B.C. Holland, Chicago, acquired in 1986
Elegant in its simplicity, this polished torso of a Jina (which at one time would have been a complete standing tirthankara figure) is a beautiful example of Jain sculpture in India. From an aesthetic point of view, the object even calls to mind the classical lines of early Greek and Roman carving. The highly-refined stone (the only type of sandstone in India fine enough to be burnished in this manner) that has been used is unique to the region of Chunar near Varanasi, where some of the most masterful Gupta artists worked in the same material. Given its coloring and surface, it is clear that the Jina hails from the same area as some of these iconic Gupta works (compare Joshi, M.C., L’Age d’Or de l’Inde Classique: L’Empire des Gupta, Paris, 2007, p. 49, fig. 13). Stylistically, another interesting comparison can be made between the present example and one of the earliest-known sculptures of a Jina in the collection of the Patna Museum, which dates to 300 B.C.E. The Jains were the first to personify their deities in sculpture, and a clear continuity in their interpretation from the beginning is evident; the figures remain pure, bereft of adornment, and transcendent beyond the human realm.
Here, the torso is marked only by a richly-detailed srivatsa that has been carved in high relief and swirls that are etched on either side of his chest. Although he cannot be identified specifically, he can be attributed to the Digambara order of Jainism. Members of the Digambara, or “sky-clad” sect, forsake all possessions, including clothing—which they believe to be a hindrance to liberation. Thus the monks do not wear clothes, and in representations their Jinas are always shown nude, whereas the Svetambara (“white-clad”) Jinas are depicted wearing a thin draping of cloth.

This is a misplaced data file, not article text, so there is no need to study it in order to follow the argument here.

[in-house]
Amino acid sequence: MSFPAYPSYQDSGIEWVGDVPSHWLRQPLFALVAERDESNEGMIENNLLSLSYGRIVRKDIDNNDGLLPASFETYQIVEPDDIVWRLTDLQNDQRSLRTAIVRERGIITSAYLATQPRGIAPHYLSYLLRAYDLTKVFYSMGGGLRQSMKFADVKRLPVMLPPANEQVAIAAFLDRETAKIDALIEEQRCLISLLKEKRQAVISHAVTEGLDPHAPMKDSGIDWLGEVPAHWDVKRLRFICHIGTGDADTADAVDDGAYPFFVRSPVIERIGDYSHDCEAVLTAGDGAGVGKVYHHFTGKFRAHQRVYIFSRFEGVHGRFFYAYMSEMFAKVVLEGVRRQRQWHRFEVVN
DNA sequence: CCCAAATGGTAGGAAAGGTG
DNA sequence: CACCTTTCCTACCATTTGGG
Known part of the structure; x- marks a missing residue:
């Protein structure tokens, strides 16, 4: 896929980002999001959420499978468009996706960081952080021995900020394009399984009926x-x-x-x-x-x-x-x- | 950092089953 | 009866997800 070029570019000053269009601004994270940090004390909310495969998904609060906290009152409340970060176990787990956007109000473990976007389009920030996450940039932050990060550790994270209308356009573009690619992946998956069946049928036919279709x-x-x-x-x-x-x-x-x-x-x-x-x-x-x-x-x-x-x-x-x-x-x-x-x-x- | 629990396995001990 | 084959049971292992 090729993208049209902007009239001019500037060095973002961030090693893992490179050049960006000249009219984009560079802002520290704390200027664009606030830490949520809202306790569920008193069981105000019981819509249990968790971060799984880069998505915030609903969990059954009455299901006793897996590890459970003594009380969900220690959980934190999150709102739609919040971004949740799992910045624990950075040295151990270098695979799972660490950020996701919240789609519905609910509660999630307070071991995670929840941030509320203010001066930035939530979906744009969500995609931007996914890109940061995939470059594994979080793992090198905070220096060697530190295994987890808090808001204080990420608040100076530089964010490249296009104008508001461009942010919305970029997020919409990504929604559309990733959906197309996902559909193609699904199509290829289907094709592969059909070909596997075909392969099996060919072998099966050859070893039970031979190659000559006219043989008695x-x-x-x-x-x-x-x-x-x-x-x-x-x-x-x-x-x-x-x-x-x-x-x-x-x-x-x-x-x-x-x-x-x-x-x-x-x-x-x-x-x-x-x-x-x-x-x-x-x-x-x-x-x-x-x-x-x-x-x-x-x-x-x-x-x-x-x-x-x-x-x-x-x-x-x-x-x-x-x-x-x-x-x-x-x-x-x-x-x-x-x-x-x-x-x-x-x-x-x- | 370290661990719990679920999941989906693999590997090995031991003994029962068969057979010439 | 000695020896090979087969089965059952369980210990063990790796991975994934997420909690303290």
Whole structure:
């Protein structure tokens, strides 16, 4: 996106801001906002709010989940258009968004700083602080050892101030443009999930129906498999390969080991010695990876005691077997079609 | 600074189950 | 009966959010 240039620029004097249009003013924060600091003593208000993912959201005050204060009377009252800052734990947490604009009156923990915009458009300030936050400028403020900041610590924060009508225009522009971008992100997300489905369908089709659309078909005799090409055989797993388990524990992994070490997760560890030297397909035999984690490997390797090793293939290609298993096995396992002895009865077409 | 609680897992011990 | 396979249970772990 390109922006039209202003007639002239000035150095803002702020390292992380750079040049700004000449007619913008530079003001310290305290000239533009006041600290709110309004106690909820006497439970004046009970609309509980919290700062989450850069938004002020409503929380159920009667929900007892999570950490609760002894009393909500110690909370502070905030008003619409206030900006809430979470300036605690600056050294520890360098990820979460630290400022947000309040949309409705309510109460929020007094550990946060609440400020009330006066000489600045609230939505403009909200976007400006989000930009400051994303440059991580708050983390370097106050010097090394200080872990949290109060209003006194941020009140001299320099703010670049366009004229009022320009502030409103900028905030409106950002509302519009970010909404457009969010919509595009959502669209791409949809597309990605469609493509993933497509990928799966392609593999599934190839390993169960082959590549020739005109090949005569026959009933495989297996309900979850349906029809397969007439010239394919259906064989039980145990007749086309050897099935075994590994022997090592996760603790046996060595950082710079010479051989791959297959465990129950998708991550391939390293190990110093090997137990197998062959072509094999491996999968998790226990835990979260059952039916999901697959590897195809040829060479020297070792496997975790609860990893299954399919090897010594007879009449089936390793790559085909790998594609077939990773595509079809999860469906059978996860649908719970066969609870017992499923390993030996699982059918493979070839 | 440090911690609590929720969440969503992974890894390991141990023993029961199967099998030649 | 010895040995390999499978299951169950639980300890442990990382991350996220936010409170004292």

Jainism is the third major world religion that originated on the Indian subcontinent, where it has been practiced since as early as the sixth century B.C.E. Like Hindus and Buddhists, Jains believe the soul suffers from an endless cycle of birth and rebirth that can only be broken when a state of liberation has been achieved. Where Jains differ, however, is that they assert the importance of much more rigorous practices of asceticism and austerity (for example the Digambara renunciation of clothing).